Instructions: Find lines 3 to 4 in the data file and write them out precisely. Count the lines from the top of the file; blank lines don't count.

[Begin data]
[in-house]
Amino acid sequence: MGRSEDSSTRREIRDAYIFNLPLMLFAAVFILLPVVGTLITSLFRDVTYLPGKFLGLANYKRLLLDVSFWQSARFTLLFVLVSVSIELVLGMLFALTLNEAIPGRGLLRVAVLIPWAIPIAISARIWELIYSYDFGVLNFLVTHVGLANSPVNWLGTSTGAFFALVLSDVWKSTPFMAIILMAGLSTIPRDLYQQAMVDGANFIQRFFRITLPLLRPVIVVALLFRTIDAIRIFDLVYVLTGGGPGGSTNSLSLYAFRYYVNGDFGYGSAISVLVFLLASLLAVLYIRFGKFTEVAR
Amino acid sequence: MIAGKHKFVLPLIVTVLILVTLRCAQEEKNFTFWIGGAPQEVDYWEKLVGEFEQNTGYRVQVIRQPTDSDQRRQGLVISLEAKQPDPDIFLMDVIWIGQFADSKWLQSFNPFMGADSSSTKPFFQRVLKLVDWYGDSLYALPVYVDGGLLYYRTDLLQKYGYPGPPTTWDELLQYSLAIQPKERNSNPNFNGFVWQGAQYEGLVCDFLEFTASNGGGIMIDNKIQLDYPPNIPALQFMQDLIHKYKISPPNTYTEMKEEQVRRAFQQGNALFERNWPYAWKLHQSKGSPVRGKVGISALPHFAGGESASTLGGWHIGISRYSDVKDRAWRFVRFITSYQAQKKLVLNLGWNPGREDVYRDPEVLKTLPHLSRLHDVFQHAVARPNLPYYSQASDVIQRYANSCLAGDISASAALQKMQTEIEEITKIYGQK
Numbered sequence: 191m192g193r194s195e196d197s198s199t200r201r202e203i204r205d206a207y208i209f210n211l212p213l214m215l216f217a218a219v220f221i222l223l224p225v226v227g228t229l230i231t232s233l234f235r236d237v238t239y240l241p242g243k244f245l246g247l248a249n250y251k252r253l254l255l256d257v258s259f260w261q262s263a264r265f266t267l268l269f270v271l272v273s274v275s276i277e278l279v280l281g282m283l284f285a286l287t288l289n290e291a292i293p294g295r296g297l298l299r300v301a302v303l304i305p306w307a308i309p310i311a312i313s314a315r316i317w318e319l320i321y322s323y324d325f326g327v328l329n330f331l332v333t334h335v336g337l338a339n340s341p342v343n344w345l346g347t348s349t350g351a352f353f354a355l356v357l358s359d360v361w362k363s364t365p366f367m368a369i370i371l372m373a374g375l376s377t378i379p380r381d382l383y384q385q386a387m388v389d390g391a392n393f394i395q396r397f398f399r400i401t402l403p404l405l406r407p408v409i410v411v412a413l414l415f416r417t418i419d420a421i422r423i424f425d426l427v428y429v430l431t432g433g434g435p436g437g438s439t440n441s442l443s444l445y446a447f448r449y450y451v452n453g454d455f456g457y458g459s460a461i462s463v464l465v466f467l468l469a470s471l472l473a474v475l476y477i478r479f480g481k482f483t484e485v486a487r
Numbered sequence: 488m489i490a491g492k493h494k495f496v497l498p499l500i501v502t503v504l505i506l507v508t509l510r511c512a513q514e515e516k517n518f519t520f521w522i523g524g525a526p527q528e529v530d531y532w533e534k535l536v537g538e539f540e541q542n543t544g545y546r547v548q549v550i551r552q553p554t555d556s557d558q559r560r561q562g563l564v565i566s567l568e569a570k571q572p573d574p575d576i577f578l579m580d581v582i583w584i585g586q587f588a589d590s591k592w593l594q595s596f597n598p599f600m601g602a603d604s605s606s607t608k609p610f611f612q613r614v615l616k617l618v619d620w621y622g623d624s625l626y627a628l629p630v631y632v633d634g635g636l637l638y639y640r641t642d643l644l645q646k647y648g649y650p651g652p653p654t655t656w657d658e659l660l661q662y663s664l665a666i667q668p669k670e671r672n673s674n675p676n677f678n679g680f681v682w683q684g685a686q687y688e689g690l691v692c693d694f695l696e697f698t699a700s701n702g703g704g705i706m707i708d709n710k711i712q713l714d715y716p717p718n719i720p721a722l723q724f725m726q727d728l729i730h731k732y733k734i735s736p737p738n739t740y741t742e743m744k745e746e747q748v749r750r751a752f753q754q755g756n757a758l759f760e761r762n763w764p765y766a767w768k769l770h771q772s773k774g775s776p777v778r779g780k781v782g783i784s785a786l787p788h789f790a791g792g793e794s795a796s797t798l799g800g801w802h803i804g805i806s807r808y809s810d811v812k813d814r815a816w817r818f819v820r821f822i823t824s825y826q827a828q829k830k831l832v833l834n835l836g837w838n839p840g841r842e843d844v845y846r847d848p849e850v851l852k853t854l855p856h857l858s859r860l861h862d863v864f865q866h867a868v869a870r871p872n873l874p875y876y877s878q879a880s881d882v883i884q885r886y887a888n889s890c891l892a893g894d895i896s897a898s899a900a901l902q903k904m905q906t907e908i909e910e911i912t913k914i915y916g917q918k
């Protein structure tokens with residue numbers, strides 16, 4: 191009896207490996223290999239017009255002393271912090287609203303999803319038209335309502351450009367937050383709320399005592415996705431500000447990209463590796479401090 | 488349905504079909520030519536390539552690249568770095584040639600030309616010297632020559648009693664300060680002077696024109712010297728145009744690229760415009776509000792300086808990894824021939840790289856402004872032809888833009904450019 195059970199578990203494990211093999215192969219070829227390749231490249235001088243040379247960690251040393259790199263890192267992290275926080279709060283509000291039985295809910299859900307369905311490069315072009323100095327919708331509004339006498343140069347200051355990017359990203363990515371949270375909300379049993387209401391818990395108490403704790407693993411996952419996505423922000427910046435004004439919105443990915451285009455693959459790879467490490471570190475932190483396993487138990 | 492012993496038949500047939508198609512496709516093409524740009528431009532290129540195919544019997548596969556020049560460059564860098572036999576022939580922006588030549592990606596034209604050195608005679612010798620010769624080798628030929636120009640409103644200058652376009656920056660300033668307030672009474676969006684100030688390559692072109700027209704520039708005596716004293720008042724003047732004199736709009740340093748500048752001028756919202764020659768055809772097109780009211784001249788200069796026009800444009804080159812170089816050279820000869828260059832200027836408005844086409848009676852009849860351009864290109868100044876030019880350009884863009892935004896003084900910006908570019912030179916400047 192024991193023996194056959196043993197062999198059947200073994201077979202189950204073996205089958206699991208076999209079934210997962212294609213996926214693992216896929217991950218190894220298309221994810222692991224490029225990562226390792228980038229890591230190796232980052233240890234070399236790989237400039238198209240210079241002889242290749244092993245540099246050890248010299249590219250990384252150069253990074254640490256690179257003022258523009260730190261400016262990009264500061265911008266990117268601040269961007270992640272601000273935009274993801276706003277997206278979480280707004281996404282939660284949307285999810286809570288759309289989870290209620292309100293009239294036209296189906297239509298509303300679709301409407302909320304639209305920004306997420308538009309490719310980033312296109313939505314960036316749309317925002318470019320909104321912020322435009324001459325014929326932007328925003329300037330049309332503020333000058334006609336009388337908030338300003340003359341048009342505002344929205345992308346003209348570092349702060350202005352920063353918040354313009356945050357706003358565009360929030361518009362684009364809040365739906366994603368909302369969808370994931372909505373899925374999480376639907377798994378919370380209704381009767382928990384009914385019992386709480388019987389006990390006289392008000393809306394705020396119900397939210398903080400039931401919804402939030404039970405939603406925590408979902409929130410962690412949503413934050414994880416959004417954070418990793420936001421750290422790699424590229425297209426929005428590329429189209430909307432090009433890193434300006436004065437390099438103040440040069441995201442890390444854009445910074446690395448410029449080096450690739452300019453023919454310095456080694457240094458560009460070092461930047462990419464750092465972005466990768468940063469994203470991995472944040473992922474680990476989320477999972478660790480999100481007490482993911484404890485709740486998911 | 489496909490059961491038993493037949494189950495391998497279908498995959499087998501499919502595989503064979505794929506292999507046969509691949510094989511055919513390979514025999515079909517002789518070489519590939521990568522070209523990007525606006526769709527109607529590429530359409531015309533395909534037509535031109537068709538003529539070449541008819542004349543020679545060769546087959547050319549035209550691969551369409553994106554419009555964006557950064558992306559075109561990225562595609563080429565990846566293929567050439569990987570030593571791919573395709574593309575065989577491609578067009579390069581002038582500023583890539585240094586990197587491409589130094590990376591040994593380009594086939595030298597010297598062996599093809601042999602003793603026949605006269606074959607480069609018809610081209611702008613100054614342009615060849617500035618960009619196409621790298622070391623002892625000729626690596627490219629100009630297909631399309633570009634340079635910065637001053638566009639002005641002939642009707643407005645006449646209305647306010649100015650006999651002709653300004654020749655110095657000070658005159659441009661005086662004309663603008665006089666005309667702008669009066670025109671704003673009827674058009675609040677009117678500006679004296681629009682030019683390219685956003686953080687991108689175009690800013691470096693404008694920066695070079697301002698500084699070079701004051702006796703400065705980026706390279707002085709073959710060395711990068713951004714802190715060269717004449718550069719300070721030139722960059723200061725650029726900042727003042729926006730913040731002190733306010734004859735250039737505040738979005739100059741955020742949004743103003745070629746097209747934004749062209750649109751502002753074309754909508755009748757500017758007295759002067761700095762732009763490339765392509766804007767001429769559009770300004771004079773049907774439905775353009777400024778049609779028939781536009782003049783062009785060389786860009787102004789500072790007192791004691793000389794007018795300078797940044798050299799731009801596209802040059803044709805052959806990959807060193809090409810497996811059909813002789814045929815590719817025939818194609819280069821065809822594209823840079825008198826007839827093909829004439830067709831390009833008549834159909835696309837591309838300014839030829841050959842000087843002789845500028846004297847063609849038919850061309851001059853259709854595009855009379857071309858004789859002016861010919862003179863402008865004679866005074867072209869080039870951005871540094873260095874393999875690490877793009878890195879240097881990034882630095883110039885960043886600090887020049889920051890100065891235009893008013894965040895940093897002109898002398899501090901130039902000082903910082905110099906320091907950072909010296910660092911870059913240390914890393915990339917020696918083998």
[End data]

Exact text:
Amino acid sequence: MIAGKHKFVLPLIVTVLILVTLRCAQEEKNFTFWIGGAPQEVDYWEKLVGEFEQNTGYRVQVIRQPTDSDQRRQGLVISLEAKQPDPDIFLMDVIWIGQFADSKWLQSFNPFMGADSSSTKPFFQRVLKLVDWYGDSLYALPVYVDGGLLYYRTDLLQKYGYPGPPTTWDELLQYSLAIQPKERNSNPNFNGFVWQGAQYEGLVCDFLEFTASNGGGIMIDNKIQLDYPPNIPALQFMQDLIHKYKISPPNTYTEMKEEQVRRAFQQGNALFERNWPYAWKLHQSKGSPVRGKVGISALPHFAGGESASTLGGWHIGISRYSDVKDRAWRFVRFITSYQAQKKLVLNLGWNPGREDVYRDPEVLKTLPHLSRLHDVFQHAVARPNLPYYSQASDVIQRYANSCLAGDISASAALQKMQTEIEEITKIYGQK
Numbered sequence: 191m192g193r194s195e196d197s198s199t200r201r202e203i204r205d206a207y208i209f210n211l212p213l214m215l216f217a218a219v220f221i222l223l224p225v226v227g228t229l230i231t232s233l234f235r236d237v238t239y240l241p242g243k244f245l246g247l248a249n250y251k252r253l254l255l256d257v258s259f260w261q262s263a264r265f266t267l268l269f270v271l272v273s274v275s276i277e278l279v280l281g282m283l284f285a286l287t288l289n290e291a292i293p294g295r296g297l298l299r300v301a302v303l304i305p306w307a308i309p310i311a312i313s314a315r316i317w318e319l320i321y322s323y324d325f326g327v328l329n330f331l332v333t334h335v336g337l338a339n340s341p342v343n344w345l346g347t348s349t350g351a352f353f354a355l356v357l358s359d360v361w362k363s364t365p366f367m368a369i370i371l372m373a374g375l376s377t378i379p380r381d382l383y384q385q386a387m388v389d390g391a392n393f394i395q396r397f398f399r400i401t402l403p404l405l406r407p408v409i410v411v412a413l414l415f416r417t418i419d420a421i422r423i424f425d426l427v428y429v430l431t432g433g434g435p436g437g438s439t440n441s442l443s444l445y446a447f448r449y450y451v452n453g454d455f456g457y458g459s460a461i462s463v464l465v466f467l468l469a470s471l472l473a474v475l476y477i478r479f480g481k482f483t484e485v486a487r